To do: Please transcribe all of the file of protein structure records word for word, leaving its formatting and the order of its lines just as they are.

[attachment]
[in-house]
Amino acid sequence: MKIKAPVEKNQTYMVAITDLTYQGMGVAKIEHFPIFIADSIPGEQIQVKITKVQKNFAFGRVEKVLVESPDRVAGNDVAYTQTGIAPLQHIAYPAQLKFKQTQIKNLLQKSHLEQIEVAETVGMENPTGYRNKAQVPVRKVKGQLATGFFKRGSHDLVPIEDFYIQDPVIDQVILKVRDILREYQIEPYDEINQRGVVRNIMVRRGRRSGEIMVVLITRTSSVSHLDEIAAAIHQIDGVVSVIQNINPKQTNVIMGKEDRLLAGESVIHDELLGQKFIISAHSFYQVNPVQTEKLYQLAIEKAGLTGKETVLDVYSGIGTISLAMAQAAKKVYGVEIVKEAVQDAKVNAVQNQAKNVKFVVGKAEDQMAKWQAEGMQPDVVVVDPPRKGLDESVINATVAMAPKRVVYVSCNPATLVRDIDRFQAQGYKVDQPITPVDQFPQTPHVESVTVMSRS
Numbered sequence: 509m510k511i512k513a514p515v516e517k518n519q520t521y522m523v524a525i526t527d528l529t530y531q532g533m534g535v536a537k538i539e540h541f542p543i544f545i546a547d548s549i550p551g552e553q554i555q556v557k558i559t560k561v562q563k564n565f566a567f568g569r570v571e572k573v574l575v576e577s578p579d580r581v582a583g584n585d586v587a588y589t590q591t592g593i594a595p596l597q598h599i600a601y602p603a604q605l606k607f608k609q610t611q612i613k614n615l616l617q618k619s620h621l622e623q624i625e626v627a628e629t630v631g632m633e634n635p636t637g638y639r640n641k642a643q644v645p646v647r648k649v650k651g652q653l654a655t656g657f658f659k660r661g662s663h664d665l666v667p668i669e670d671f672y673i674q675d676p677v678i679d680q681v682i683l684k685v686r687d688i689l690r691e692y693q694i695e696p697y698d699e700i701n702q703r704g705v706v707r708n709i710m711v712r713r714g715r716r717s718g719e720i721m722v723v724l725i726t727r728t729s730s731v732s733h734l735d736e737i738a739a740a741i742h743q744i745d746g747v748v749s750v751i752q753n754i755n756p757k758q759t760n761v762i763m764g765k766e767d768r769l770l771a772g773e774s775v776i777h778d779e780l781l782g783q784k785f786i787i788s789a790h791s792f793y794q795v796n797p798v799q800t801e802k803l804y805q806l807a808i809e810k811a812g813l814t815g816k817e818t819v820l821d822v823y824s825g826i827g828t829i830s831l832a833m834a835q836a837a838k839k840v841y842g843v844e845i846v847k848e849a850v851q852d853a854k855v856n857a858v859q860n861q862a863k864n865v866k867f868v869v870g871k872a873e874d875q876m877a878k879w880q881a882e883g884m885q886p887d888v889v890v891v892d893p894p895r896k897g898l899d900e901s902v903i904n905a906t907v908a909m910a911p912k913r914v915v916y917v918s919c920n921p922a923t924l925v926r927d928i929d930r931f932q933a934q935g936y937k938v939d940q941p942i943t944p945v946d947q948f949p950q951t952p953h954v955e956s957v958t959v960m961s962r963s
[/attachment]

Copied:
[in-house]
Amino acid sequence: MKIKAPVEKNQTYMVAITDLTYQGMGVAKIEHFPIFIADSIPGEQIQVKITKVQKNFAFGRVEKVLVESPDRVAGNDVAYTQTGIAPLQHIAYPAQLKFKQTQIKNLLQKSHLEQIEVAETVGMENPTGYRNKAQVPVRKVKGQLATGFFKRGSHDLVPIEDFYIQDPVIDQVILKVRDILREYQIEPYDEINQRGVVRNIMVRRGRRSGEIMVVLITRTSSVSHLDEIAAAIHQIDGVVSVIQNINPKQTNVIMGKEDRLLAGESVIHDELLGQKFIISAHSFYQVNPVQTEKLYQLAIEKAGLTGKETVLDVYSGIGTISLAMAQAAKKVYGVEIVKEAVQDAKVNAVQNQAKNVKFVVGKAEDQMAKWQAEGMQPDVVVVDPPRKGLDESVINATVAMAPKRVVYVSCNPATLVRDIDRFQAQGYKVDQPITPVDQFPQTPHVESVTVMSRS
Numbered sequence: 509m510k511i512k513a514p515v516e517k518n519q520t521y522m523v524a525i526t527d528l529t530y531q532g533m534g535v536a537k538i539e540h541f542p543i544f545i546a547d548s549i550p551g552e553q554i555q556v557k558i559t560k561v562q563k564n565f566a567f568g569r570v571e572k573v574l575v576e577s578p579d580r581v582a583g584n585d586v587a588y589t590q591t592g593i594a595p596l597q598h599i600a601y602p603a604q605l606k607f608k609q610t611q612i613k614n615l616l617q618k619s620h621l622e623q624i625e626v627a628e629t630v631g632m633e634n635p636t637g638y639r640n641k642a643q644v645p646v647r648k649v650k651g652q653l654a655t656g657f658f659k660r661g662s663h664d665l666v667p668i669e670d671f672y673i674q675d676p677v678i679d680q681v682i683l684k685v686r687d688i689l690r691e692y693q694i695e696p697y698d699e700i701n702q703r704g705v706v707r708n709i710m711v712r713r714g715r716r717s718g719e720i721m722v723v724l725i726t727r728t729s730s731v732s733h734l735d736e737i738a739a740a741i742h743q744i745d746g747v748v749s750v751i752q753n754i755n756p757k758q759t760n761v762i763m764g765k766e767d768r769l770l771a772g773e774s775v776i777h778d779e780l781l782g783q784k785f786i787i788s789a790h791s792f793y794q795v796n797p798v799q800t801e802k803l804y805q806l807a808i809e810k811a812g813l814t815g816k817e818t819v820l821d822v823y824s825g826i827g828t829i830s831l832a833m834a835q836a837a838k839k840v841y842g843v844e845i846v847k848e849a850v851q852d853a854k855v856n857a858v859q860n861q862a863k864n865v866k867f868v869v870g871k872a873e874d875q876m877a878k879w880q881a882e883g884m885q886p887d888v889v890v891v892d893p894p895r896k897g898l899d900e901s902v903i904n905a906t907v908a909m910a911p912k913r914v915v916y917v918s919c920n921p922a923t924l925v926r927d928i929d930r931f932q933a934q935g936y937k938v939d940q941p942i943t944p945v946d947q948f949p950q951t952p953h954v955e956s957v958t959v960m961s962r963s